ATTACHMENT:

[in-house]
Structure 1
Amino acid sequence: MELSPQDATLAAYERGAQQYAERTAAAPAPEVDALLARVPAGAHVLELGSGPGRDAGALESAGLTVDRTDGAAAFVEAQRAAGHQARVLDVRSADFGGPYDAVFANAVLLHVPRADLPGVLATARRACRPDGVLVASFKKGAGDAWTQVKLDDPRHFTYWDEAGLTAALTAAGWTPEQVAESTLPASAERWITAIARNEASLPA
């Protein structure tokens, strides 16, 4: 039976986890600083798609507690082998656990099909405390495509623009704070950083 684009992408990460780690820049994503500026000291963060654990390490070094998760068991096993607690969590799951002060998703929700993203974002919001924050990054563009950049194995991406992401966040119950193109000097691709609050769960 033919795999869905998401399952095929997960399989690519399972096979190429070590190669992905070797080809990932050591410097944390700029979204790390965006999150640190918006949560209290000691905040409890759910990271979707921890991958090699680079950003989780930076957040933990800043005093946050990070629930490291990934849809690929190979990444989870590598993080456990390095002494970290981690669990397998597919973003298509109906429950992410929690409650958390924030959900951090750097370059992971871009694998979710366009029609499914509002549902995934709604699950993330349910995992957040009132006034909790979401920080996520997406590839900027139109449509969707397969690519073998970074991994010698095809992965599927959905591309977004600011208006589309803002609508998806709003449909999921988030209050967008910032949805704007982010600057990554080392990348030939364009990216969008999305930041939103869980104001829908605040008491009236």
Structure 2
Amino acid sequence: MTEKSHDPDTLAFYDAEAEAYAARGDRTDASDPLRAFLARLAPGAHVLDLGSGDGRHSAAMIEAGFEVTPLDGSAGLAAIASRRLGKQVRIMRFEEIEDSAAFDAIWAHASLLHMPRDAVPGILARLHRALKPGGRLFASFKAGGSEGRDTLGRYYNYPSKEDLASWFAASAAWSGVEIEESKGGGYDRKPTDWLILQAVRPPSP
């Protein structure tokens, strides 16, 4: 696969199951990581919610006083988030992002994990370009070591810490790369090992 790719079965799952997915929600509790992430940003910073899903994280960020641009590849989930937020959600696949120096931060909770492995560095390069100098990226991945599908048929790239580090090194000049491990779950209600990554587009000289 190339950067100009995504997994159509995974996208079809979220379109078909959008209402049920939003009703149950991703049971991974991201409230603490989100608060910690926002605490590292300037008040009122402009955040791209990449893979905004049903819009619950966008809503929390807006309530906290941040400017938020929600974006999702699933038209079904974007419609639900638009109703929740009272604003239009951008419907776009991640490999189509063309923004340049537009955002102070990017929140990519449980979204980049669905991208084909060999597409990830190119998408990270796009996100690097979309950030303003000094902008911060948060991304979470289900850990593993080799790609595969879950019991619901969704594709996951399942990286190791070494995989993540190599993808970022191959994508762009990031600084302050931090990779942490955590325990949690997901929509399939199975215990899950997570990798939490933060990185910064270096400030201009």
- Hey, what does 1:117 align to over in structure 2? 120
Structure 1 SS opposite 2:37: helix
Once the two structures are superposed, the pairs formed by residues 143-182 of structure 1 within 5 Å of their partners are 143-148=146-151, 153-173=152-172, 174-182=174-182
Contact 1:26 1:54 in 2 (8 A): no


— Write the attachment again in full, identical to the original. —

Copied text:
[in-house]
Structure 1
Amino acid sequence: MELSPQDATLAAYERGAQQYAERTAAAPAPEVDALLARVPAGAHVLELGSGPGRDAGALESAGLTVDRTDGAAAFVEAQRAAGHQARVLDVRSADFGGPYDAVFANAVLLHVPRADLPGVLATARRACRPDGVLVASFKKGAGDAWTQVKLDDPRHFTYWDEAGLTAALTAAGWTPEQVAESTLPASAERWITAIARNEASLPA
């Protein structure tokens, strides 16, 4: 039976986890600083798609507690082998656990099909405390495509623009704070950083 684009992408990460780690820049994503500026000291963060654990390490070094998760068991096993607690969590799951002060998703929700993203974002919001924050990054563009950049194995991406992401966040119950193109000097691709609050769960 033919795999869905998401399952095929997960399989690519399972096979190429070590190669992905070797080809990932050591410097944390700029979204790390965006999150640190918006949560209290000691905040409890759910990271979707921890991958090699680079950003989780930076957040933990800043005093946050990070629930490291990934849809690929190979990444989870590598993080456990390095002494970290981690669990397998597919973003298509109906429950992410929690409650958390924030959900951090750097370059992971871009694998979710366009029609499914509002549902995934709604699950993330349910995992957040009132006034909790979401920080996520997406590839900027139109449509969707397969690519073998970074991994010698095809992965599927959905591309977004600011208006589309803002609508998806709003449909999921988030209050967008910032949805704007982010600057990554080392990348030939364009990216969008999305930041939103869980104001829908605040008491009236």
Structure 2
Amino acid sequence: MTEKSHDPDTLAFYDAEAEAYAARGDRTDASDPLRAFLARLAPGAHVLDLGSGDGRHSAAMIEAGFEVTPLDGSAGLAAIASRRLGKQVRIMRFEEIEDSAAFDAIWAHASLLHMPRDAVPGILARLHRALKPGGRLFASFKAGGSEGRDTLGRYYNYPSKEDLASWFAASAAWSGVEIEESKGGGYDRKPTDWLILQAVRPPSP
């Protein structure tokens, strides 16, 4: 696969199951990581919610006083988030992002994990370009070591810490790369090992 790719079965799952997915929600509790992430940003910073899903994280960020641009590849989930937020959600696949120096931060909770492995560095390069100098990226991945599908048929790239580090090194000049491990779950209600990554587009000289 190339950067100009995504997994159509995974996208079809979220379109078909959008209402049920939003009703149950991703049971991974991201409230603490989100608060910690926002605490590292300037008040009122402009955040791209990449893979905004049903819009619950966008809503929390807006309530906290941040400017938020929600974006999702699933038209079904974007419609639900638009109703929740009272604003239009951008419907776009991640490999189509063309923004340049537009955002102070990017929140990519449980979204980049669905991208084909060999597409990830190119998408990270796009996100690097979309950030303003000094902008911060948060991304979470289900850990593993080799790609595969879950019991619901969704594709996951399942990286190791070494995989993540190599993808970022191959994508762009990031600084302050931090990779942490955590325990949690997901929509399939199975215990899950997570990798939490933060990185910064270096400030201009």
- Hey, what does 1:117 align to over in structure 2? 120
Structure 1 SS opposite 2:37: helix
Once the two structures are superposed, the pairs formed by residues 143-182 of structure 1 within 5 Å of their partners are 143-148=146-151, 153-173=152-172, 174-182=174-182
Contact 1:26 1:54 in 2 (8 A): no